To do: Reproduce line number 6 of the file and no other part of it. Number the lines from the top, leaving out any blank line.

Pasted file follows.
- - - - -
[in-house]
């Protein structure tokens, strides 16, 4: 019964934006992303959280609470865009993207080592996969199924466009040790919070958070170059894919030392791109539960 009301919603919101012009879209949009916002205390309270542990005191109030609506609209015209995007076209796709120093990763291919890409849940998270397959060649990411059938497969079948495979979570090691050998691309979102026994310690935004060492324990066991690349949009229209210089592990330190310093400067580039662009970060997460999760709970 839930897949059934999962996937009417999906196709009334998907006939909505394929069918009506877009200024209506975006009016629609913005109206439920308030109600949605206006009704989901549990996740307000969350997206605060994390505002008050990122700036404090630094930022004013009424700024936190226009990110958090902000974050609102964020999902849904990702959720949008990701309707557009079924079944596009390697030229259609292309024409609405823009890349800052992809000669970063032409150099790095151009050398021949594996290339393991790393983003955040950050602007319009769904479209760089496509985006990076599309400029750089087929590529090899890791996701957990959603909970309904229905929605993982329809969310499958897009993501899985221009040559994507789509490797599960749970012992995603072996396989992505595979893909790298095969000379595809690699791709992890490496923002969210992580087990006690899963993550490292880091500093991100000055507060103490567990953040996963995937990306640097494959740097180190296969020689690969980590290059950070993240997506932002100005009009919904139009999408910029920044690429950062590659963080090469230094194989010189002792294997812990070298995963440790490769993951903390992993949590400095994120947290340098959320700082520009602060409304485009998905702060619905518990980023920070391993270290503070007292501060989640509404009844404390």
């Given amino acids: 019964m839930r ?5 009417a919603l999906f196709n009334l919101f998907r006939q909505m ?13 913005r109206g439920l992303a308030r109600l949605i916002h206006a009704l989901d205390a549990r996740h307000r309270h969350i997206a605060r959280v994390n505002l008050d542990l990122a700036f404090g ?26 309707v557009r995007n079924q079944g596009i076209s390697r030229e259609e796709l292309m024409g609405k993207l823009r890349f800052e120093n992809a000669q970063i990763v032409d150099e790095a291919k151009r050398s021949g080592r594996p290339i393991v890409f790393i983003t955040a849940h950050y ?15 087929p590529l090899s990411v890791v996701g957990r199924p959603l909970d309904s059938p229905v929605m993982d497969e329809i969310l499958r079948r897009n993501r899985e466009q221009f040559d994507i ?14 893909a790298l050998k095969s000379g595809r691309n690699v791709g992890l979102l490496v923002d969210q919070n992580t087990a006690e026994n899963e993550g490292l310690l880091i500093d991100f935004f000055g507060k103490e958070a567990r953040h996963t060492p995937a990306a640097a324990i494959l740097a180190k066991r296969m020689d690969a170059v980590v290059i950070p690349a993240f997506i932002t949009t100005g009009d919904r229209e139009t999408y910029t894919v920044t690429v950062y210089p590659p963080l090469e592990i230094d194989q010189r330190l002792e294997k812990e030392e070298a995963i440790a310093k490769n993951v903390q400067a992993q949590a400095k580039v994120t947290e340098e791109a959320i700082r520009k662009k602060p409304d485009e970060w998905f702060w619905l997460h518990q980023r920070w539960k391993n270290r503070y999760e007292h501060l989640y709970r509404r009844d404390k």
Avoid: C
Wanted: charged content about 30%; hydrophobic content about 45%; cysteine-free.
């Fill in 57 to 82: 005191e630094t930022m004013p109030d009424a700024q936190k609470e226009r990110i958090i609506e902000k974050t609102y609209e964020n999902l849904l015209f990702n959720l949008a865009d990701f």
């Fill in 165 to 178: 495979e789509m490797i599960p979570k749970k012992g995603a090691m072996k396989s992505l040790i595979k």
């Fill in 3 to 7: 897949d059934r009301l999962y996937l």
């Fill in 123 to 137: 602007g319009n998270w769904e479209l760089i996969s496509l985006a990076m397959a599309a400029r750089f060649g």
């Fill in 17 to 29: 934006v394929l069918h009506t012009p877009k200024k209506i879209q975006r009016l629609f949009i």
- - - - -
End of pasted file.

């Fill in 57 to 82: 005191e630094t930022m004013p109030d009424a700024q936190k609470e226009r990110i958090i609506e902000k974050t609102y609209e964020n999902l849904l015209f990702n959720l949008a865009d990701f």